There are some country albums you play for your friends who think they don’t like country music to convince them that they really do and just don’t realize it yet. Justin Moore’s “Late Nights and Longnecks” is not one of those albums. Nor is it one for the country intelligentsia, probably — it’s easy to imagine the CMAs completely overlooking it, and it won’t likely be a major contender in the year-end Nashville Scene country critics’ poll unless they suddenly add a category for “best concept album about alcohol.”
So how is it that something this deeply uncool feels this deeply refreshing? What “Late Nights and Longnecks” lacks in wheel-reinvention, it really, really makes up for in tire-torching fun and a generally elevated level of redneck poetry. It’s far from the kind of album that presents itself as a songwriters’ showcase, which is part of why there’s so much delight in realizing just how much clever craftsmanship has been squeezed in among the rowdy tropes that populate the record. If you’ve lost faith that anyone in Nashville still writes ‘em like they used to — and there’s good reason for agnosticism there — his latest stands as proof that a few still do, and they apparently all came over to Moore’s place for some rum and rhyme abuse.
Moore has made a big deal in the advance publicity and interviews for the album about how he wanted to make a return to traditional country after veering off it for his previous effort. But, mind you, by “traditional,” he doesn’t really mean Hank and Haggard, the way a lot of us would take the connotation. He means the country of, like, well, 10 years ago, when he first came on the scene with a debut album — or maybe he’d stretch his traditionalism as far back as the ‘90s, but the point is clear: Moore was one of the very last “hat acts” —or big ole belt buckle wearers — to be ushered in as a star before the industry passed its new mandatory ballcap laws. His music is filled with screaming electric guitars, so it’s not as if anyone’s going to mistake him for a George Jones tribute act. But he’s not wrong if he’s feeling a little last-of-breed these days.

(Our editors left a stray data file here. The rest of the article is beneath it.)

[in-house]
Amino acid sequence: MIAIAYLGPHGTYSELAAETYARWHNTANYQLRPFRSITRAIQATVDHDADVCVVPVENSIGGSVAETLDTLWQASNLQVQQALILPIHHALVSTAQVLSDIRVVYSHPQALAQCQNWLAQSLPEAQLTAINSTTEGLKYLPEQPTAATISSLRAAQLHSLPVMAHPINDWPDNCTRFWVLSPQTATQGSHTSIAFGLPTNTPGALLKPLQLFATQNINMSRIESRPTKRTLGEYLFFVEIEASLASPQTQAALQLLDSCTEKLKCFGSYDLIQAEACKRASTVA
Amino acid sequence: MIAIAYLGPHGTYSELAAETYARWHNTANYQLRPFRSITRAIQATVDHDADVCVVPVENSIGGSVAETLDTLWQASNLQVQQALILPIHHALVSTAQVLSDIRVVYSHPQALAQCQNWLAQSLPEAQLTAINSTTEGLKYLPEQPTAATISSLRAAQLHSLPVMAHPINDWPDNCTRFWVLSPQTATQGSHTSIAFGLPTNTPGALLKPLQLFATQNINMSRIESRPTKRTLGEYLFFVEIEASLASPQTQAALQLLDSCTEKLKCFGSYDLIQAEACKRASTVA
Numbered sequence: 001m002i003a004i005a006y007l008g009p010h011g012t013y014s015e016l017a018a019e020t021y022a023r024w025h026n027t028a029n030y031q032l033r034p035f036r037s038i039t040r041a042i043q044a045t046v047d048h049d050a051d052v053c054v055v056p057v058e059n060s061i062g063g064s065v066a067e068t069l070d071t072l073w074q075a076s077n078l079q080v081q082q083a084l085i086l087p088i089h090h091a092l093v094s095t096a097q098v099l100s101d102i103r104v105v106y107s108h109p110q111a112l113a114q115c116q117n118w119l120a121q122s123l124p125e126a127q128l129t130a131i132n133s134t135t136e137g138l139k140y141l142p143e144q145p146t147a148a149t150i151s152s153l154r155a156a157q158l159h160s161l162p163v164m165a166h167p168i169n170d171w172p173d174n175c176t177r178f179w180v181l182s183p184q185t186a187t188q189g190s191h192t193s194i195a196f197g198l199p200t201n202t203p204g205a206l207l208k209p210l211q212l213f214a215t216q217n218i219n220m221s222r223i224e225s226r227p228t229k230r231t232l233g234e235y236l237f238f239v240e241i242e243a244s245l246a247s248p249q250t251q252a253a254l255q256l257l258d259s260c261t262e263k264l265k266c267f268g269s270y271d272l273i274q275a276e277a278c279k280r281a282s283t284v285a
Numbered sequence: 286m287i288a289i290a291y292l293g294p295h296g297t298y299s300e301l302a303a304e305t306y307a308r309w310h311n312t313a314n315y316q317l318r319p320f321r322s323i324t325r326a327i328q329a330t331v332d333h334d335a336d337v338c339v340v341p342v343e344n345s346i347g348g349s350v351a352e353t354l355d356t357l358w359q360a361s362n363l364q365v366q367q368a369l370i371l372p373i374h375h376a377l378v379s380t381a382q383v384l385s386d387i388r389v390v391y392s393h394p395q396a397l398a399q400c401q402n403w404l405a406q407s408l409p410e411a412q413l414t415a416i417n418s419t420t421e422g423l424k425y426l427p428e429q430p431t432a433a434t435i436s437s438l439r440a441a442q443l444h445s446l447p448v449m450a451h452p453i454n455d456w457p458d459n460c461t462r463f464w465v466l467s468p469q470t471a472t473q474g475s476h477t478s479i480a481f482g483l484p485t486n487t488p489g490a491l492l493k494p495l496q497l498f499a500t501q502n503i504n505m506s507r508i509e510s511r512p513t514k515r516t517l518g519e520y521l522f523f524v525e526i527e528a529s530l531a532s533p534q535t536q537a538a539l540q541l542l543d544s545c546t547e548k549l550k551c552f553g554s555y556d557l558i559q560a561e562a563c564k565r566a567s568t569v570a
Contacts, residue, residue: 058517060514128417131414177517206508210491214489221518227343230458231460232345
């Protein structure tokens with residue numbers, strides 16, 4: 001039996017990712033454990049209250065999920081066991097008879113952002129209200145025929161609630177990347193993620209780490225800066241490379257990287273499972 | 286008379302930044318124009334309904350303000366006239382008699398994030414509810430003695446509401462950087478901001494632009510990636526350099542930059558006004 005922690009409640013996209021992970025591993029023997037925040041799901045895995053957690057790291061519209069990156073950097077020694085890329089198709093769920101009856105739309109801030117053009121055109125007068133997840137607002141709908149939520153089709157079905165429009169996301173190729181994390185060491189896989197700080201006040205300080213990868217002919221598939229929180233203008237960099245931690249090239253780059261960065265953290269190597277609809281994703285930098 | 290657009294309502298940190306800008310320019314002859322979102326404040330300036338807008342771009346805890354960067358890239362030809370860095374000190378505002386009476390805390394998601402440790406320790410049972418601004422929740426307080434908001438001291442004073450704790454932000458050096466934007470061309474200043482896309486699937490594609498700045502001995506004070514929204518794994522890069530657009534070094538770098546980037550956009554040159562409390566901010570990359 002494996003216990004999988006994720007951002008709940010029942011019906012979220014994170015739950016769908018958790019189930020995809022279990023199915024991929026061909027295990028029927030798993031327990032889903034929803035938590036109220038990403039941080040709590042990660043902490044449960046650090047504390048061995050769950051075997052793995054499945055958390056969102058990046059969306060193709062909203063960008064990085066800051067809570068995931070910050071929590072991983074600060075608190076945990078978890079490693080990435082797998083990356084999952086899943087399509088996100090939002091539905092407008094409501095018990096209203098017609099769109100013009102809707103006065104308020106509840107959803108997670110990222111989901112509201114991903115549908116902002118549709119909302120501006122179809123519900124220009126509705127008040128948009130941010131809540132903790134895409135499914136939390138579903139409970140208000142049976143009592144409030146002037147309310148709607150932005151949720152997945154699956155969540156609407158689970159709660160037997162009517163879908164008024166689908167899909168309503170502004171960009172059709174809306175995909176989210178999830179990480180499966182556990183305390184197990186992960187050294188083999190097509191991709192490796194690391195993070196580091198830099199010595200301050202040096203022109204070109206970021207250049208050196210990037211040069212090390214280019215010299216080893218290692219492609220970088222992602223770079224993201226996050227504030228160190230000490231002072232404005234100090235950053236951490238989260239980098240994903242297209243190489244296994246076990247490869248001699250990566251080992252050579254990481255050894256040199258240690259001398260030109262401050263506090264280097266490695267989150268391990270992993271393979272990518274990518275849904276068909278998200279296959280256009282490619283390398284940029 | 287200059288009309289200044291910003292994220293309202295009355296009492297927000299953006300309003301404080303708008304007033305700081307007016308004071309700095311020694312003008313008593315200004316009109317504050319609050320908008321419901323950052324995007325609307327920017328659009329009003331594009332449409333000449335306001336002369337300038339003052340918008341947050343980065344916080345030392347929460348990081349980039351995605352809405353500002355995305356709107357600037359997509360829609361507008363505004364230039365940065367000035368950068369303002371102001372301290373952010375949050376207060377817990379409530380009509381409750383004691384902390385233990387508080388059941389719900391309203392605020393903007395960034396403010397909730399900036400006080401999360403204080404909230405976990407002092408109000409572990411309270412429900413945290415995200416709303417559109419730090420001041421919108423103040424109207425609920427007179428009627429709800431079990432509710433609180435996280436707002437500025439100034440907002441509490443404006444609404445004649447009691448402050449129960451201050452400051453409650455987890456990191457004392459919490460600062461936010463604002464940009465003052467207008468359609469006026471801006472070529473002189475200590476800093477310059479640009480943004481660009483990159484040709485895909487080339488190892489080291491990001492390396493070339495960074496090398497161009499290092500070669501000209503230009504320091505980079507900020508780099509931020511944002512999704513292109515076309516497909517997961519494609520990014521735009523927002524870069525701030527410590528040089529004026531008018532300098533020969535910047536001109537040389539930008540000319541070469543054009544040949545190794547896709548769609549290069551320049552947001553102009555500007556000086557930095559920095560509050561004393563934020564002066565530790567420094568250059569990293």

Whatever the opposite of stretching yourself is, then, that’s what Moore is aiming for — and his adherence to core themes and sounds makes this his best album, with no small assist from a core team of co-writers that includes Casey Beathard, Jeremy Stover and Paul DiGiovanni, any of whom might have been saving up some of their better lines for a semi-throwback occasion like this. There’s a specificity to a lot of the writing that makes the extremely familiar subjects not feel particularly tired. Leadoff single “The Ones That Didn’t Make It Back Home” may be the umpteenth tribute to a fallen member of the military (with country’s umpteen making up for the approximately zero odes to soldiers in indie-rock), but lines like “Traffic stopped for them Cadillac lights/ Johnny sold beer half-price that night” put you in the middle of the memorial in a way most other songs along these lines haven’t. When Moore remembers corporal punishment being administered on a brother, it’s not just any rod not being spared on the spoiled child, but “a whip(ping) with a Zebco rod.” To conjure the image of drunkenness, the name “Cooter Brown” will be invoked, regardless of whether that means everything below and nothing above the Mason-Dixon line. It’s the little details that mean a lot — and not just in the modern Music Row way of writing random lists of things that make people feel happy.